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Old 10-30-2013, 09:48 PM
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kdt26417 kdt26417 is offline
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Join Date: Apr 2012
Location: Yelm, Washington
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I like your point about all the good things there are to treasure in life, and how we can hopefully tend to focus on the good rather than get all depressed about the not-so-hot.

Re: shame ... gosh, I think we can all agree that it is destructive. Oh I don't know, maybe if you've done something really bad to someone, shame is an appropriate initial response as part of the process of repentence? I don't know.

Let's just say that most of the shame we (or at least I) feel for the little things we (I) do "wrong" is quite (emotionally) destructive, serving no beneficial purpose. Same with feeling shame about things we can't really help, such as our body shape and that. Ah, now if I could only convince my mental innards to give that grubby little brand of shame up.

I like your point that each animal is just as much a unique individual as is each human. For those of us with dogs and/or cats as pets, we clearly see that principle. And it's worth noting that some pets (as well as wild animals) come "infected" with painful cruel damage from their past, and it makes it harder for them to be "friendly" (towards any other living creature). Same principle with humans, of course.

Heheh ... I must here mention my favorite bit of Facebook page: a video of one of the weirdest spiders I've ever seen. This guy is in some kind of patch of flour or something, with a mirror-like wall on the side. It turns this way and that, looks at itself in the mirror, digs furiously in the flour for no imaginable reason, and then at the very end, buries itself with a bunch of flour! Goddamn that's funny. Who said spiders were all about catching prey? They have some very peculiar personal interests on the side.

Re: respect ... I, too, have a hard time with associating that word with physical violence. I guess you could argue that it's self-respectful to defend yourself in a life-threatening situation. But how much respect does one even show for oneself when a mere unpermitted touch is cause for violence? On the other hand, I guess anyone would "respect" a person such as the Godfather, who they knew was very powerful and could easily snuff their life out if he wanted. It's just that in most cases, I associate the word "respect" with being nice to people. You know, acknowledging their feelings and expressing common ground?

Re: touch ... it is surely more *common* for both humans and animals to react to "unpermitted touch" peacefully, perhaps (as in the wolf example you cited in your earlier post) a warning snarl at most. I mean that even makes sense. Evolution tends to imbue group animals with traits that will help them live together and get along. Even solitary animals, at most "touch" is a trigger of fear for them; that is, they're more likely to run away than they are to attack the toucher. Doesn't running away offer them the better odds of survival? Almost every animal, both meat-eater and plant-eater, lives in natural fear of predators (or fellow predators). It's not like they're on some mission to "kill all their enemies." (Whereas in the Godfather movies, the main character was indeed on a mission to kill all his enemies. Hey like I said, *humans* are the truly violent species, compared to all other species.)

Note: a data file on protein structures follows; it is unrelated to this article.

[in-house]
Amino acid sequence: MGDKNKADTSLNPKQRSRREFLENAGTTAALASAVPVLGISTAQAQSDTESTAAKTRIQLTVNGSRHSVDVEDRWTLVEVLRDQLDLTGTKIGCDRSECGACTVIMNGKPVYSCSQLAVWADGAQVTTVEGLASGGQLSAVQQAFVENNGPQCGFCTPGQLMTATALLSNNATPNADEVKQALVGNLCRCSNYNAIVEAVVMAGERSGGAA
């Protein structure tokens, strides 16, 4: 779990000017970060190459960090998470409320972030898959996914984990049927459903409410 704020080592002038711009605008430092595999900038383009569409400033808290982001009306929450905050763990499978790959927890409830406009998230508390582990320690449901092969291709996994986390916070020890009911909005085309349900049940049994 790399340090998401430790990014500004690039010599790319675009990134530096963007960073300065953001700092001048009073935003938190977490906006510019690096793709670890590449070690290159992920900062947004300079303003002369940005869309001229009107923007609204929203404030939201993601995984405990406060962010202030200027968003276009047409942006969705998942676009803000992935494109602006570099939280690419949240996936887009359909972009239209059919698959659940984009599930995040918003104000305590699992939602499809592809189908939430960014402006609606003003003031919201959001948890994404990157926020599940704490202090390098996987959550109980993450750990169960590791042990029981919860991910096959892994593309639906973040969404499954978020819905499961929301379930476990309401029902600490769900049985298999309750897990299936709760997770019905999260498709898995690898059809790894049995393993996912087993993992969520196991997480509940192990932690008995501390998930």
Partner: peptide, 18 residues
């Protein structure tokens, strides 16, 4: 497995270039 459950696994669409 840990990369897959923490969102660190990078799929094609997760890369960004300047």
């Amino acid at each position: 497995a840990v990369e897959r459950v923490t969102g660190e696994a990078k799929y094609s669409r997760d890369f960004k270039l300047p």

The most "touchy" issue surrounding touch that I can think of in the animal kingdom is between mating spiders. The male has to be really careful about how he touches (or even approaches) the female, lest he become her next meal before he can even perform his reproductive duty.

But even going back to humans, the most violent of all animals: in *most* cases, humans do tolerate touch between one another. (Humans are, after all, ultimately social/group animals.) Just think of a subway in New York where people are constantly bumping up against (and crowding) one another. They tend to patiently endure that invasion of personal space. Most humans do have an understanding that we don't attack each other just because someone didn't get our permission to touch us. We may be annoyed by the unwelcome touch, but we don't go all postal on the other person.

But as all humans (and animals) are unique (with unique backgrounds), there certainly *can* be such a thing as, "Look out, if you touch that *particular* person or animal, you are likely to suffer a viscious punch or bite."

By the way: what on earth does all this touch/violence stuff have to do with the thread topic? I think it relates because it was once mentioned that "morality" was a fallacy as a concept and that (for example), "Hey, *this* animal will go apeshit on another animal if touched without permission, and that has nothing to do with morality, it just has to do with respect." Not sayin' I agree obviously, just observing that the subject arguably isn't a total hijack.
Love means never having to say, "Put down that meat cleaver!"

Last edited by kdt26417; 10-30-2013 at 09:58 PM.
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